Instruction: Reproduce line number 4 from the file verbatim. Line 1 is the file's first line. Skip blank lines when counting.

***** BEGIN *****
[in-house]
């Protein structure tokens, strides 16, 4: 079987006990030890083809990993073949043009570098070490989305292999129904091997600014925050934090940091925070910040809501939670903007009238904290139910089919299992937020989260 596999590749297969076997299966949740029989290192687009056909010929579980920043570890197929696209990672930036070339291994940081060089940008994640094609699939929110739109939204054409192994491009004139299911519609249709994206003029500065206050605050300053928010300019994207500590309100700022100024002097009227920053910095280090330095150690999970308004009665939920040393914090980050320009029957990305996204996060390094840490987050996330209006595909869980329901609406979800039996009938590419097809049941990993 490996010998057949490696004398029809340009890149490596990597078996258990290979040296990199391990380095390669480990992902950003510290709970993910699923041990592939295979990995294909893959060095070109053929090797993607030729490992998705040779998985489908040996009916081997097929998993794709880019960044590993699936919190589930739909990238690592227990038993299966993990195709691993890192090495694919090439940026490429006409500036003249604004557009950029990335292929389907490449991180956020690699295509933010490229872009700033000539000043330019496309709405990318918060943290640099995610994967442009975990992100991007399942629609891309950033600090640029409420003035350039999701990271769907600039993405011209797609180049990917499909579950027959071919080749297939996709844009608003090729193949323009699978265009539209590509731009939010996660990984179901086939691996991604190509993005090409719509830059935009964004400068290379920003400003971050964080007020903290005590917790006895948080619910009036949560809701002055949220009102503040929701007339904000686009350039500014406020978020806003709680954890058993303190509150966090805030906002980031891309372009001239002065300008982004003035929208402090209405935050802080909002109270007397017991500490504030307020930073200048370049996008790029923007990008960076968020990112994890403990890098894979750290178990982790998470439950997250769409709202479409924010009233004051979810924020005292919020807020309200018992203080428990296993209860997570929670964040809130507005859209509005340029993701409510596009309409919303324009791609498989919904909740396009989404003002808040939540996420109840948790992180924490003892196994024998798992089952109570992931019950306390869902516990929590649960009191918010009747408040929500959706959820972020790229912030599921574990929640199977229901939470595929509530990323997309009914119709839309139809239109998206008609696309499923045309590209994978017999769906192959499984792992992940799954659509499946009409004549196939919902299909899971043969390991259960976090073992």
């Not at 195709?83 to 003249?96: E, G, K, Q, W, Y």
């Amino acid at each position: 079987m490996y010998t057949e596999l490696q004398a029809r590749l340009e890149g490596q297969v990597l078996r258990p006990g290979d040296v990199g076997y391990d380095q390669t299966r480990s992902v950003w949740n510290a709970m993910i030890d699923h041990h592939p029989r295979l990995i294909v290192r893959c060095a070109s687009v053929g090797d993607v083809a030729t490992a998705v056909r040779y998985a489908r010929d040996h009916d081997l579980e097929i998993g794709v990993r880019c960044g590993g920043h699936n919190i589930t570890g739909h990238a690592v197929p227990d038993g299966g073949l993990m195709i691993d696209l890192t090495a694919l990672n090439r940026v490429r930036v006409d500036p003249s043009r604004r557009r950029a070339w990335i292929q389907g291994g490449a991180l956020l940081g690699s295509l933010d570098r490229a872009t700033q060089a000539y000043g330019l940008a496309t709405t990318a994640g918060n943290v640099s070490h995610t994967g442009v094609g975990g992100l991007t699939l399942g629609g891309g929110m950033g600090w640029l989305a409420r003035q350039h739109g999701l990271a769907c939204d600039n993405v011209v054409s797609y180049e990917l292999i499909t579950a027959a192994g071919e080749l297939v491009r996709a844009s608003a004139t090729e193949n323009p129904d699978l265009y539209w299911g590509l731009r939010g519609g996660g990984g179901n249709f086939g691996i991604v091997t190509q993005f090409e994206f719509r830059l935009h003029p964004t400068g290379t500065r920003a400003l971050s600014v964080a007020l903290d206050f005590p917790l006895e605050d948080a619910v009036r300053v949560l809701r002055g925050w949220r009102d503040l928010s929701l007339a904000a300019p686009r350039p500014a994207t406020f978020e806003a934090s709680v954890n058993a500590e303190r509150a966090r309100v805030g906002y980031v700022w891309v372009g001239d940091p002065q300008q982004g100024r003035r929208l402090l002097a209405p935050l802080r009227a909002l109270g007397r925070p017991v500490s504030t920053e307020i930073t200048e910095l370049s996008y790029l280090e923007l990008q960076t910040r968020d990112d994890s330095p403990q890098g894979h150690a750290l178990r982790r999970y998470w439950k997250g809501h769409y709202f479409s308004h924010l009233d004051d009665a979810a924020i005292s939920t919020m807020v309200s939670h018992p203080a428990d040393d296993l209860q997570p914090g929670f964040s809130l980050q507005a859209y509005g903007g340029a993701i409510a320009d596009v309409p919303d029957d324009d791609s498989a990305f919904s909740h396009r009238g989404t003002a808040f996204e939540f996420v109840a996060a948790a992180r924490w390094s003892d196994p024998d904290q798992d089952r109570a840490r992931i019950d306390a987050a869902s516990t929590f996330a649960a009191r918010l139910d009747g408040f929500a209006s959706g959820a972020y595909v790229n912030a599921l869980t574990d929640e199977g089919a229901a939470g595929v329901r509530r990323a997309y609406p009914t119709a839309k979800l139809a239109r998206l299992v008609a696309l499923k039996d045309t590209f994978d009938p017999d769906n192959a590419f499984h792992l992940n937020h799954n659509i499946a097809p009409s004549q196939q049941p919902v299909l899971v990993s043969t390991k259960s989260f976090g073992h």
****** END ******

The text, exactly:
């Amino acid at each position: 079987m490996y010998t057949e596999l490696q004398a029809r590749l340009e890149g490596q297969v990597l078996r258990p006990g290979d040296v990199g076997y391990d380095q390669t299966r480990s992902v950003w949740n510290a709970m993910i030890d699923h041990h592939p029989r295979l990995i294909v290192r893959c060095a070109s687009v053929g090797d993607v083809a030729t490992a998705v056909r040779y998985a489908r010929d040996h009916d081997l579980e097929i998993g794709v990993r880019c960044g590993g920043h699936n919190i589930t570890g739909h990238a690592v197929p227990d038993g299966g073949l993990m195709i691993d696209l890192t090495a694919l990672n090439r940026v490429r930036v006409d500036p003249s043009r604004r557009r950029a070339w990335i292929q389907g291994g490449a991180l956020l940081g690699s295509l933010d570098r490229a872009t700033q060089a000539y000043g330019l940008a496309t709405t990318a994640g918060n943290v640099s070490h995610t994967g442009v094609g975990g992100l991007t699939l399942g629609g891309g929110m950033g600090w640029l989305a409420r003035q350039h739109g999701l990271a769907c939204d600039n993405v011209v054409s797609y180049e990917l292999i499909t579950a027959a192994g071919e080749l297939v491009r996709a844009s608003a004139t090729e193949n323009p129904d699978l265009y539209w299911g590509l731009r939010g519609g996660g990984g179901n249709f086939g691996i991604v091997t190509q993005f090409e994206f719509r830059l935009h003029p964004t400068g290379t500065r920003a400003l971050s600014v964080a007020l903290d206050f005590p917790l006895e605050d948080a619910v009036r300053v949560l809701r002055g925050w949220r009102d503040l928010s929701l007339a904000a300019p686009r350039p500014a994207t406020f978020e806003a934090s709680v954890n058993a500590e303190r509150a966090r309100v805030g906002y980031v700022w891309v372009g001239d940091p002065q300008q982004g100024r003035r929208l402090l002097a209405p935050l802080r009227a909002l109270g007397r925070p017991v500490s504030t920053e307020i930073t200048e910095l370049s996008y790029l280090e923007l990008q960076t910040r968020d990112d994890s330095p403990q890098g894979h150690a750290l178990r982790r999970y998470w439950k997250g809501h769409y709202f479409s308004h924010l009233d004051d009665a979810a924020i005292s939920t919020m807020v309200s939670h018992p203080a428990d040393d296993l209860q997570p914090g929670f964040s809130l980050q507005a859209y509005g903007g340029a993701i409510a320009d596009v309409p919303d029957d324009d791609s498989a990305f919904s909740h396009r009238g989404t003002a808040f996204e939540f996420v109840a996060a948790a992180r924490w390094s003892d196994p024998d904290q798992d089952r109570a840490r992931i019950d306390a987050a869902s516990t929590f996330a649960a009191r918010l139910d009747g408040f929500a209006s959706g959820a972020y595909v790229n912030a599921l869980t574990d929640e199977g089919a229901a939470g595929v329901r509530r990323a997309y609406p009914t119709a839309k979800l139809a239109r998206l299992v008609a696309l499923k039996d045309t590209f994978d009938p017999d769906n192959a590419f499984h792992l992940n937020h799954n659509i499946a097809p009409s004549q196939q049941p919902v299909l899971v990993s043969t390991k259960s989260f976090g073992h």